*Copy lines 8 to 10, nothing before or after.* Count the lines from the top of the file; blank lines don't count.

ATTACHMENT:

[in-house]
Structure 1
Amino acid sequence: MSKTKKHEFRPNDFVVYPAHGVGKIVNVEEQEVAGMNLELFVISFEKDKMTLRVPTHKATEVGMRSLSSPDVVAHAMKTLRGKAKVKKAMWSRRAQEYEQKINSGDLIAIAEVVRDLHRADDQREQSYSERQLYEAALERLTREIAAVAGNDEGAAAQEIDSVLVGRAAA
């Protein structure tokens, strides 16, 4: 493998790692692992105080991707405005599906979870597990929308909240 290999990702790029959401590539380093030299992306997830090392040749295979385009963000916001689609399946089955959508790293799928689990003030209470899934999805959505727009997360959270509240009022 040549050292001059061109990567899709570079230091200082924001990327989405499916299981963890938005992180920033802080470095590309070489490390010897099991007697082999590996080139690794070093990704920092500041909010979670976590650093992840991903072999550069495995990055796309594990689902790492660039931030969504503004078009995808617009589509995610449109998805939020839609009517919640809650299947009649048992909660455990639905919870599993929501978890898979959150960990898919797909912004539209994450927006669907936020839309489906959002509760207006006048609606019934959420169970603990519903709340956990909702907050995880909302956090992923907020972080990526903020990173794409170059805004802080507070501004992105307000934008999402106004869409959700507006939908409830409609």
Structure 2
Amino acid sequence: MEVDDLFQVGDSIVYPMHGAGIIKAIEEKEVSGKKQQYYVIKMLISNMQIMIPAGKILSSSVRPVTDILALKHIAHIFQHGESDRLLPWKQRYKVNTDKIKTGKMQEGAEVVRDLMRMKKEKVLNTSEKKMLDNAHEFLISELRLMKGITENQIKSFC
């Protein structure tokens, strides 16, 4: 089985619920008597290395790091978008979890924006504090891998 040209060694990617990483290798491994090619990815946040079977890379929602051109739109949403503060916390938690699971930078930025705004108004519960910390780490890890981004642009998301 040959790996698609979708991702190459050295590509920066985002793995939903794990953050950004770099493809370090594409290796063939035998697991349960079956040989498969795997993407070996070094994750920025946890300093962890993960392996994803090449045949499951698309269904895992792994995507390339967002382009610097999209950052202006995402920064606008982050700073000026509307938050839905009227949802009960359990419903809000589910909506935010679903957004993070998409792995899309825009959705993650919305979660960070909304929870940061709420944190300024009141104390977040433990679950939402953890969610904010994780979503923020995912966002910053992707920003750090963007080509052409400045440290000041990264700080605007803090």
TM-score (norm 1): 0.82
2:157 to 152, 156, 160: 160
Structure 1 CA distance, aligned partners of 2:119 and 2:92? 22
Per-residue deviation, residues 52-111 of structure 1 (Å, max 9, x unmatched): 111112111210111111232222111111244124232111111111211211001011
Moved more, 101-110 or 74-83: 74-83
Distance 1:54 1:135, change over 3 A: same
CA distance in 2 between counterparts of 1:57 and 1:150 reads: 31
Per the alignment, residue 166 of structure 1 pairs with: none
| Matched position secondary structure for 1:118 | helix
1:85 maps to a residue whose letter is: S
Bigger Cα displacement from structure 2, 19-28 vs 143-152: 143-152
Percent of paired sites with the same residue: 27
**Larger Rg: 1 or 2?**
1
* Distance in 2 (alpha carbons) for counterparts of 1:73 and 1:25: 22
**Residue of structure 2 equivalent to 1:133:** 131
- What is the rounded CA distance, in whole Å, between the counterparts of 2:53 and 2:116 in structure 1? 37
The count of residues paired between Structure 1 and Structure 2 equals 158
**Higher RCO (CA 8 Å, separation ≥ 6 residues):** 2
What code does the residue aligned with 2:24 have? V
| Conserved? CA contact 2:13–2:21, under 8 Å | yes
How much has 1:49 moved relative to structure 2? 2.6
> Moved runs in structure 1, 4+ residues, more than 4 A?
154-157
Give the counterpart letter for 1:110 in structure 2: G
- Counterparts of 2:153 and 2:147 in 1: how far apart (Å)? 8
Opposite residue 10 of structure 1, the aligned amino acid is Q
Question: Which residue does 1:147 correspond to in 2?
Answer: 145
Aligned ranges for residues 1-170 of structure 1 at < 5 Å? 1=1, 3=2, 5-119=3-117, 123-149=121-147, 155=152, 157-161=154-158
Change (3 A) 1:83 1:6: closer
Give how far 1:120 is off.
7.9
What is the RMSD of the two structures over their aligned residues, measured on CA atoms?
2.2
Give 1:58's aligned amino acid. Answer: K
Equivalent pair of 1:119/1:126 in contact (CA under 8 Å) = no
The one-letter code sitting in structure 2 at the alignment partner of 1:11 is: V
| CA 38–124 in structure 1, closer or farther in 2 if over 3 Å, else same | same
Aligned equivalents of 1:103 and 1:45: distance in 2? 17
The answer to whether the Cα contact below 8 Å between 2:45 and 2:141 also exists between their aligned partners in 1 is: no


TM-score (norm 1): 0.82
2:157 to 152, 156, 160: 160
Structure 1 CA distance, aligned partners of 2:119 and 2:92? 22